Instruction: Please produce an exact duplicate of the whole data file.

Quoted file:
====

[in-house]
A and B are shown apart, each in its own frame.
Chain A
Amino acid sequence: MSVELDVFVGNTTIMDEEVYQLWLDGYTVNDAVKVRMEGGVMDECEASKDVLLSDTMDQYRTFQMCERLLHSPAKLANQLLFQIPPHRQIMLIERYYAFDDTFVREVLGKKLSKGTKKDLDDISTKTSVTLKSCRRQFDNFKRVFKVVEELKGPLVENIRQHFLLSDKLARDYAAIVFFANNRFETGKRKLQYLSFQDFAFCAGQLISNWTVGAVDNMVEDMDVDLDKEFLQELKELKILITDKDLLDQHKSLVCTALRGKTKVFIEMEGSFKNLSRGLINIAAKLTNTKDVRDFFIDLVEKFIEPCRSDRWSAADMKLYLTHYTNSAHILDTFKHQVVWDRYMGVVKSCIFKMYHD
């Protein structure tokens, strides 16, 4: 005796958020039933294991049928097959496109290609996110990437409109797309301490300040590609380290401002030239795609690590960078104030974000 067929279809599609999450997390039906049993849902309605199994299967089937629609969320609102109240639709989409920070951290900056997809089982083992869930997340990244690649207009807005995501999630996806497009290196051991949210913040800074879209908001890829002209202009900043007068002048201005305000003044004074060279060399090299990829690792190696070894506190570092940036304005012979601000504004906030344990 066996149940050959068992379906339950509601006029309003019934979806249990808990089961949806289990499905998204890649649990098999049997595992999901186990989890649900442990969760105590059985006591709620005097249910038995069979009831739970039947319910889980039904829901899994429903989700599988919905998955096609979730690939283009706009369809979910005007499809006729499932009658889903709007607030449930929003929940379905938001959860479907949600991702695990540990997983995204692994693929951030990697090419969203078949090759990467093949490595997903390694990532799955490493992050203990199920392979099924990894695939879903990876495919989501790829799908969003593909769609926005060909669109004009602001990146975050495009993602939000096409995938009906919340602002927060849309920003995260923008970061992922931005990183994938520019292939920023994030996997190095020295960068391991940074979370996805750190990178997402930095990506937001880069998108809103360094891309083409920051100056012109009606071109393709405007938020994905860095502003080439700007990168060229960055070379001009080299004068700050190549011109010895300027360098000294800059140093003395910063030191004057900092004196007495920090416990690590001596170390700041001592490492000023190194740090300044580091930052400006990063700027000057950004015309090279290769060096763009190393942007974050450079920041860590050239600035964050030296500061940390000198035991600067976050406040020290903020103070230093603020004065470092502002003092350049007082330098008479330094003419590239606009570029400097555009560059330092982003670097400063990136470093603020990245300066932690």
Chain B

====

[in-house]
A and B are shown apart, each in its own frame.
Chain A
Amino acid sequence: MSVELDVFVGNTTIMDEEVYQLWLDGYTVNDAVKVRMEGGVMDECEASKDVLLSDTMDQYRTFQMCERLLHSPAKLANQLLFQIPPHRQIMLIERYYAFDDTFVREVLGKKLSKGTKKDLDDISTKTSVTLKSCRRQFDNFKRVFKVVEELKGPLVENIRQHFLLSDKLARDYAAIVFFANNRFETGKRKLQYLSFQDFAFCAGQLISNWTVGAVDNMVEDMDVDLDKEFLQELKELKILITDKDLLDQHKSLVCTALRGKTKVFIEMEGSFKNLSRGLINIAAKLTNTKDVRDFFIDLVEKFIEPCRSDRWSAADMKLYLTHYTNSAHILDTFKHQVVWDRYMGVVKSCIFKMYHD
């Protein structure tokens, strides 16, 4: 005796958020039933294991049928097959496109290609996110990437409109797309301490300040590609380290401002030239795609690590960078104030974000 067929279809599609999450997390039906049993849902309605199994299967089937629609969320609102109240639709989409920070951290900056997809089982083992869930997340990244690649207009807005995501999630996806497009290196051991949210913040800074879209908001890829002209202009900043007068002048201005305000003044004074060279060399090299990829690792190696070894506190570092940036304005012979601000504004906030344990 066996149940050959068992379906339950509601006029309003019934979806249990808990089961949806289990499905998204890649649990098999049997595992999901186990989890649900442990969760105590059985006591709620005097249910038995069979009831739970039947319910889980039904829901899994429903989700599988919905998955096609979730690939283009706009369809979910005007499809006729499932009658889903709007607030449930929003929940379905938001959860479907949600991702695990540990997983995204692994693929951030990697090419969203078949090759990467093949490595997903390694990532799955490493992050203990199920392979099924990894695939879903990876495919989501790829799908969003593909769609926005060909669109004009602001990146975050495009993602939000096409995938009906919340602002927060849309920003995260923008970061992922931005990183994938520019292939920023994030996997190095020295960068391991940074979370996805750190990178997402930095990506937001880069998108809103360094891309083409920051100056012109009606071109393709405007938020994905860095502003080439700007990168060229960055070379001009080299004068700050190549011109010895300027360098000294800059140093003395910063030191004057900092004196007495920090416990690590001596170390700041001592490492000023190194740090300044580091930052400006990063700027000057950004015309090279290769060096763009190393942007974050450079920041860590050239600035964050030296500061940390000198035991600067976050406040020290903020103070230093603020004065470092502002003092350049007082330098008479330094003419590239606009570029400097555009560059330092982003670097400063990136470093603020990245300066932690």
Chain B